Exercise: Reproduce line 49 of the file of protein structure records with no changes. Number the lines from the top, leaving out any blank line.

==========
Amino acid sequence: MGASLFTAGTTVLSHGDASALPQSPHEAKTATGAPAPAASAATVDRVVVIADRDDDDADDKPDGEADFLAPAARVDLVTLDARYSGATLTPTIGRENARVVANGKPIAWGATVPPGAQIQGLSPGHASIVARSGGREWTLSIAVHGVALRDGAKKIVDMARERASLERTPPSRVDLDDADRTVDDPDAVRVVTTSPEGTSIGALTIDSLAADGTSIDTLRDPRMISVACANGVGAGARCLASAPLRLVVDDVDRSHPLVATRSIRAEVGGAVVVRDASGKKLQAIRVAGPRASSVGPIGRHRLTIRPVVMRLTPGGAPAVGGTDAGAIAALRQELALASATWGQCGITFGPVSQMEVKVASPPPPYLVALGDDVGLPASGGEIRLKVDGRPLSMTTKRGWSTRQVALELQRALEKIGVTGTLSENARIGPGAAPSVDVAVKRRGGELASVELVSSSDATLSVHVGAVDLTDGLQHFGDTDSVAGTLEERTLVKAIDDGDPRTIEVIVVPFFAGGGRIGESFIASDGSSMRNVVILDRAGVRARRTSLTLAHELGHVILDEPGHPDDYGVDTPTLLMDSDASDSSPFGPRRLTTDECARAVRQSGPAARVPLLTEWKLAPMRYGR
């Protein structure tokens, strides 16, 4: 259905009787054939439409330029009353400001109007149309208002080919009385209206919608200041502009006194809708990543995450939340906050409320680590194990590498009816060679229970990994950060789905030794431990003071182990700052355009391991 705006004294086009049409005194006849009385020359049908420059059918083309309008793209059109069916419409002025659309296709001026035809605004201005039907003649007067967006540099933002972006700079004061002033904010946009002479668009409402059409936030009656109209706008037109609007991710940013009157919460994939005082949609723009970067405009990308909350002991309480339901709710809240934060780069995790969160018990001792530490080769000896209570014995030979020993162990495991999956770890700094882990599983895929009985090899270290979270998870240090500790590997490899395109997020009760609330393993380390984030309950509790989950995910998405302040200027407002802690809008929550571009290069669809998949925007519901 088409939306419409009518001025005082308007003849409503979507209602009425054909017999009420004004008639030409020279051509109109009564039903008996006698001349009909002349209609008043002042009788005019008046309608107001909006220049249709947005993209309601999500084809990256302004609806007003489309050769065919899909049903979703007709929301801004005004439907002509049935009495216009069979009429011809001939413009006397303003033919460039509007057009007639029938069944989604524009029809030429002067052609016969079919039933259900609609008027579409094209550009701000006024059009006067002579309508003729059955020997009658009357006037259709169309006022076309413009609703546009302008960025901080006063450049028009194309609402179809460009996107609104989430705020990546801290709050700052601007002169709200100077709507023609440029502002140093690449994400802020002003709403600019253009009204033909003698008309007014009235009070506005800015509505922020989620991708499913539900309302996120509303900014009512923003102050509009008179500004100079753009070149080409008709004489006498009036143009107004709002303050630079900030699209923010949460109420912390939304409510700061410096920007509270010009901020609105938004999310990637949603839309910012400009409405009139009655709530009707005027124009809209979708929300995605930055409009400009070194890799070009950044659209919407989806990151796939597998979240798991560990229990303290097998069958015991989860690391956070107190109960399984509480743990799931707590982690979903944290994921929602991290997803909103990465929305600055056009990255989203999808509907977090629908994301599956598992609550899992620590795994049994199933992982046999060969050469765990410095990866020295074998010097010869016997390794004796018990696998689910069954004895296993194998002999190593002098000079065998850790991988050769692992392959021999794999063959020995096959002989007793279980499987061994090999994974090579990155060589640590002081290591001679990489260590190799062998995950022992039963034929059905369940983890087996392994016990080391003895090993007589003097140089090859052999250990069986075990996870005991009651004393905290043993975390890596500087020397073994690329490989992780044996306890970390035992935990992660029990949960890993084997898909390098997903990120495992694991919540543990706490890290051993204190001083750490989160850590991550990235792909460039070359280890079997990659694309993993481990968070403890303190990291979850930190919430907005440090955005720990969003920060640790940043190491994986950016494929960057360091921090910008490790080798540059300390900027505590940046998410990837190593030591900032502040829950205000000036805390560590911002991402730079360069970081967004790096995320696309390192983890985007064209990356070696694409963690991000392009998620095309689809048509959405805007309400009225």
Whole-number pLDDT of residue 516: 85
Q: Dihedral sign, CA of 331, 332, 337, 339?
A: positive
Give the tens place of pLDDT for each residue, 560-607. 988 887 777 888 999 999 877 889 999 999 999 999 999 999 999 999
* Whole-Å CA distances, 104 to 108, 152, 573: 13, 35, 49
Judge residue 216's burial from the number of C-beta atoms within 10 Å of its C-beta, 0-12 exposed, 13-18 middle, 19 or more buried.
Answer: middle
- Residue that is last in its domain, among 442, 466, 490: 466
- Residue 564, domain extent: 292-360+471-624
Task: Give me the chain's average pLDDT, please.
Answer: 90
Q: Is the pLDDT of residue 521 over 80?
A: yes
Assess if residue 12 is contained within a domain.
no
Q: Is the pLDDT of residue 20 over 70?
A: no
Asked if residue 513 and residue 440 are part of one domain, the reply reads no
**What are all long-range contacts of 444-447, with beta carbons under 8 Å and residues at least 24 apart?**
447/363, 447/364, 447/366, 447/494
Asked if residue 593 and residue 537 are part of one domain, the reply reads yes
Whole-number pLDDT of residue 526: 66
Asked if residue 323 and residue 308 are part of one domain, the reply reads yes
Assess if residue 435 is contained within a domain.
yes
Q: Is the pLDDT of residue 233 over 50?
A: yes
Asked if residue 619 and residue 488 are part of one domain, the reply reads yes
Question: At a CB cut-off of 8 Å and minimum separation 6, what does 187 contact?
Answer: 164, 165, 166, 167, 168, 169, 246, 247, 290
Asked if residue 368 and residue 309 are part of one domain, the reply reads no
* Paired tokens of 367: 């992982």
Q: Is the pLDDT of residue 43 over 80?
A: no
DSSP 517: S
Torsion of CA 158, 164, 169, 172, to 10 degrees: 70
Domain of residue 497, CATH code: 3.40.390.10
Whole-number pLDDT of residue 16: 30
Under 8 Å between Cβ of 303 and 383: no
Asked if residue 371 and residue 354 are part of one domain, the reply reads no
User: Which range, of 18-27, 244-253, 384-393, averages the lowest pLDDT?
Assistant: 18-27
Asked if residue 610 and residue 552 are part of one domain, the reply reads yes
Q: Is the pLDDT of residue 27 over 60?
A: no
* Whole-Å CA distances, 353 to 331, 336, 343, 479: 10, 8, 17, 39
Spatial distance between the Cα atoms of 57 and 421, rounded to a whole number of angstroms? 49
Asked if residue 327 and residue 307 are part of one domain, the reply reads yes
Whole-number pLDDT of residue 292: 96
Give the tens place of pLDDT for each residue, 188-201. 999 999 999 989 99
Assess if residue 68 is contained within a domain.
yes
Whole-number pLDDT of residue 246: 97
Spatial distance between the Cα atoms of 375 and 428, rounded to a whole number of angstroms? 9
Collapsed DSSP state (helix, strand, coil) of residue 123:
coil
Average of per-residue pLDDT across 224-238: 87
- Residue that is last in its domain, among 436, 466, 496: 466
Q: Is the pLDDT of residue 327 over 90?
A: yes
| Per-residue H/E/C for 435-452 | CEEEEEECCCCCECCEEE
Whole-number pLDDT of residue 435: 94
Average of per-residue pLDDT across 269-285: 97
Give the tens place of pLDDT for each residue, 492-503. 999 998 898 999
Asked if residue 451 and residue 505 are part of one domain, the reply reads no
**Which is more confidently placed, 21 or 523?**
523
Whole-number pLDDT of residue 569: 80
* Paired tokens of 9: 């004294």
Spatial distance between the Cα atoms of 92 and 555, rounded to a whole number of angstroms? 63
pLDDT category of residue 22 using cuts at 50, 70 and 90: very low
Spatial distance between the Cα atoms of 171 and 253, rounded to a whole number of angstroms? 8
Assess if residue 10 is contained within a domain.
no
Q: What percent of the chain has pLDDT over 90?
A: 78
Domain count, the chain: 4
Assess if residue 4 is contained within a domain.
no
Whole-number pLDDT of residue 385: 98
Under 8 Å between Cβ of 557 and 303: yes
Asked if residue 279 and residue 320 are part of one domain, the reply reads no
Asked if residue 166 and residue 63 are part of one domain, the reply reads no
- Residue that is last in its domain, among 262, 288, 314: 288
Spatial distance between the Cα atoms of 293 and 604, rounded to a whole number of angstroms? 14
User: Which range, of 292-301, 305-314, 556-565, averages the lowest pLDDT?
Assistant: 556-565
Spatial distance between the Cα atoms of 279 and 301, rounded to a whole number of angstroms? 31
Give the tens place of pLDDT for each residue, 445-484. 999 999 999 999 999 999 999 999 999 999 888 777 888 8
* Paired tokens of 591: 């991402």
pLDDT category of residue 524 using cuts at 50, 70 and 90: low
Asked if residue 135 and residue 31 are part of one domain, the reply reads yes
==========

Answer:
Spatial distance between the Cα atoms of 57 and 421, rounded to a whole number of angstroms? 49